Office of Works and successors: English Heritage: Heritage Protection Datasets
The Heritage Protection datasets include snapshots of two separate databases: the Record of Scheduled Monuments (RSM); and the Listed Building System (LBS). Both databases are subject to continuous updating as a result of authorized additions, amendments and deletions. Snapshots were taken in 2004 for the RSM, and 2005 for the LBS.
Scheduling of nationally important archaeological sites and monuments gives legal protection against disturbance, destruction or unecessary interference; it also supports the formal system of planning consent for any work to a designated monument. Buildings in use as dwellings or places of worship are not included, and scheduling is applied only to sites of national importance. The scheduled monument is a legal concept and does not always reflect archaeological classifications. Scheduled monuments are not graded, and form a small proportion of the total national stock of ancient monuments.
The RSM database was originally built to facilitate the administrative processes involved in scheduling, but it also holds data which is of use to those involved in ancient monument casework- recording and monitoring what happens to monuments. The process of scheduling began in 1882. The first computerisation of the process began in 1980, using the county-based data aready gathered from a variety of sources. By the late 1980s, English Heritage had embarked on a programme to review both existing scheduled monuments and unscheduled archaeological sites of potential national importance. This was the Monuments Protection Programme (MPP) The RSM dataset therefore includes two different systems of scheduled monument data: the Old County Number (OCN) system containing the earlier data, predominantly from 1882 to the present day but also including pre- legislation data from 1060; and the newer MPP system under which the data capture standards were formalised and consistently applied from the late 1980s when the programme commenced.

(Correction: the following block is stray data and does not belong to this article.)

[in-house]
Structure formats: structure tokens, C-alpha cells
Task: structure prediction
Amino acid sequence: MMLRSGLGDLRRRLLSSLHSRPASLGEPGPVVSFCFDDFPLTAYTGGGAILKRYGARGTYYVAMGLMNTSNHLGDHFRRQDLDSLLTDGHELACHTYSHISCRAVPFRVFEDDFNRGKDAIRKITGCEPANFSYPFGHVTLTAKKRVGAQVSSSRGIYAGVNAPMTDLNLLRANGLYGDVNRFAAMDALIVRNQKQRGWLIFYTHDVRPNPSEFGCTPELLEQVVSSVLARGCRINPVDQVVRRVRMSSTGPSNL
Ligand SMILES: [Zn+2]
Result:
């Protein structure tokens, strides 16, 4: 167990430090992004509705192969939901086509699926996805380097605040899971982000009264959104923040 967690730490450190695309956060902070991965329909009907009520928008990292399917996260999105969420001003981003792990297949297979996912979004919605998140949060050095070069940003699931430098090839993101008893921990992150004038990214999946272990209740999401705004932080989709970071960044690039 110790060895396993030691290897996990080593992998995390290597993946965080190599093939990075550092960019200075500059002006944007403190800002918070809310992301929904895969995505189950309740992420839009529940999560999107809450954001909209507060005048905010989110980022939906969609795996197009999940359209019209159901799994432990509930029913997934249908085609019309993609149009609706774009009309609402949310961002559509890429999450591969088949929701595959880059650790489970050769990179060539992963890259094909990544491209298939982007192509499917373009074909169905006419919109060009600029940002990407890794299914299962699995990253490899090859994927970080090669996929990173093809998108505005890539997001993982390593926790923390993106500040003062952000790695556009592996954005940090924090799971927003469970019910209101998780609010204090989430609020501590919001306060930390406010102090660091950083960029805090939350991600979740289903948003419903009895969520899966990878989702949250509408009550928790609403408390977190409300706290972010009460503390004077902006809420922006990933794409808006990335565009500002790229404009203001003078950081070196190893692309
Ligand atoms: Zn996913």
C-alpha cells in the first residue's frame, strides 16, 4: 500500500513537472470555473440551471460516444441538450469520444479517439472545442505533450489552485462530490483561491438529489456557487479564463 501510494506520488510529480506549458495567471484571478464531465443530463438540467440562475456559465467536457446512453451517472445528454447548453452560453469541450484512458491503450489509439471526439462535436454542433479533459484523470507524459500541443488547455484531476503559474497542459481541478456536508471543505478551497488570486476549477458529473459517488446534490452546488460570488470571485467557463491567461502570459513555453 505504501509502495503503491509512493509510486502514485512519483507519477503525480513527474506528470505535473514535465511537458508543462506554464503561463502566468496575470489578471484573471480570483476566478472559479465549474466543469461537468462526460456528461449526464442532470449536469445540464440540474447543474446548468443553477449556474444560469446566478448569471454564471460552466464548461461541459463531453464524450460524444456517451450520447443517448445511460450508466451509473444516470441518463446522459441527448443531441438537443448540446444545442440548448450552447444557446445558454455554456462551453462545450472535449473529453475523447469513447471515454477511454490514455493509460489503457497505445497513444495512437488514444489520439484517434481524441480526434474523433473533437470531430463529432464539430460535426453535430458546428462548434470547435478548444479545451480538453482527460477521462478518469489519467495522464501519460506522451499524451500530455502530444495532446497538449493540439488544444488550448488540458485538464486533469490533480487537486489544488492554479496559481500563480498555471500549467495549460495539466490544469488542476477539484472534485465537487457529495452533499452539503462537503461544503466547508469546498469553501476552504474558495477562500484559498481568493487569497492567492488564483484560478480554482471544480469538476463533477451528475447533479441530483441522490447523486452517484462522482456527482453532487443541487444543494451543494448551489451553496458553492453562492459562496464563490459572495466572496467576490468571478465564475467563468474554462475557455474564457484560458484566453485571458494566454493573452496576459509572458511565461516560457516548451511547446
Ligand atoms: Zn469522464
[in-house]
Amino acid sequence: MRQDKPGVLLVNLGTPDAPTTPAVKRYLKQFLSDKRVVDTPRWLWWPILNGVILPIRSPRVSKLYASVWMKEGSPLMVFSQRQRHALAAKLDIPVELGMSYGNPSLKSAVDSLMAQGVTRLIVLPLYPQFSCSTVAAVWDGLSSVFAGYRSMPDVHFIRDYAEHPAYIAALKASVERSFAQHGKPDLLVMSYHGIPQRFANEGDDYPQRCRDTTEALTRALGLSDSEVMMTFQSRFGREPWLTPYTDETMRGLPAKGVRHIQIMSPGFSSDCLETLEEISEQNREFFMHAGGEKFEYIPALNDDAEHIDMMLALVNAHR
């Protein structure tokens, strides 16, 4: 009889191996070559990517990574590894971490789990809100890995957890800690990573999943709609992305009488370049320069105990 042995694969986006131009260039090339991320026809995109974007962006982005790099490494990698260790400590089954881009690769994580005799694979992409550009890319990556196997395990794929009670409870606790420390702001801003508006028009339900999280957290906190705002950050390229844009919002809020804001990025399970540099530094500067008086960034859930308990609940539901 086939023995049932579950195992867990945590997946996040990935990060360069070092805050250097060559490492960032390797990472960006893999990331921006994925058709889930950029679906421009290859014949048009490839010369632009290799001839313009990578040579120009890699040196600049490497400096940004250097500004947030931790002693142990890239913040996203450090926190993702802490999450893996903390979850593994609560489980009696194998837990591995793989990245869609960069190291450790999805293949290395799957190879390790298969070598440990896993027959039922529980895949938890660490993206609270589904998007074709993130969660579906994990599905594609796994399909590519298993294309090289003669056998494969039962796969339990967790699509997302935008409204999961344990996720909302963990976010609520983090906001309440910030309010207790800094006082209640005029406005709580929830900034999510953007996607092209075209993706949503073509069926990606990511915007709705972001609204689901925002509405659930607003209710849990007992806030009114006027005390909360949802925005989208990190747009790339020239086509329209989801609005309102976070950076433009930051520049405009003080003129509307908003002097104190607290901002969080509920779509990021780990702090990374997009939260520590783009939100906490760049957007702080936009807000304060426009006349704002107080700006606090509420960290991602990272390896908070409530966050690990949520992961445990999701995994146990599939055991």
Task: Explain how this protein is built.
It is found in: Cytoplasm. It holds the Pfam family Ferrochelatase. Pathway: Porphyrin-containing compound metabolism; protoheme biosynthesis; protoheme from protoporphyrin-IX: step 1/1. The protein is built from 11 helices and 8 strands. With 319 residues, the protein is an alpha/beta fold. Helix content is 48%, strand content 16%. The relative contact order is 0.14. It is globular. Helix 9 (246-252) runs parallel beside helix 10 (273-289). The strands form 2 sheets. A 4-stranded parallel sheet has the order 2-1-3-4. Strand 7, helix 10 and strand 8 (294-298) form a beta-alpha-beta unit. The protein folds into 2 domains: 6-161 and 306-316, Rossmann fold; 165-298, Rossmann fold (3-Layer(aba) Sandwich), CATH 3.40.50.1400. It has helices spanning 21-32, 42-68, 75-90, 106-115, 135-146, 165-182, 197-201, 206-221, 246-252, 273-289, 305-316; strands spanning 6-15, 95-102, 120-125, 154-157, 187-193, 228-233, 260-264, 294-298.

Listing of buildings is a means of ensuring that the special architectural and historic interest of the building is considered before any alterations are agreed to its exterior or interior, or before consent to demolish can be granted. The emphasis is on structures still in use or capable of re-use and uses a system of grading. The original criteria for inclusion on the list defined three grades in terms of priority for preservation; in subsequent developments the grading indicated 'relative importance' and allowed only the consideration of buildings over 30 years old. From 1987 the exercise of planning controls applied equally to all grades and the definitions of the principles of selection were expanded to include: architectural interest, historic interest, close historical association and group value. The current system reflects the expanding scope of conservation interest to include a wider range of buildings of later periods, and consideration of the interiors of buildings - not just the exteriors - resulting in the listing of externally unremarkable buildings not previously considered.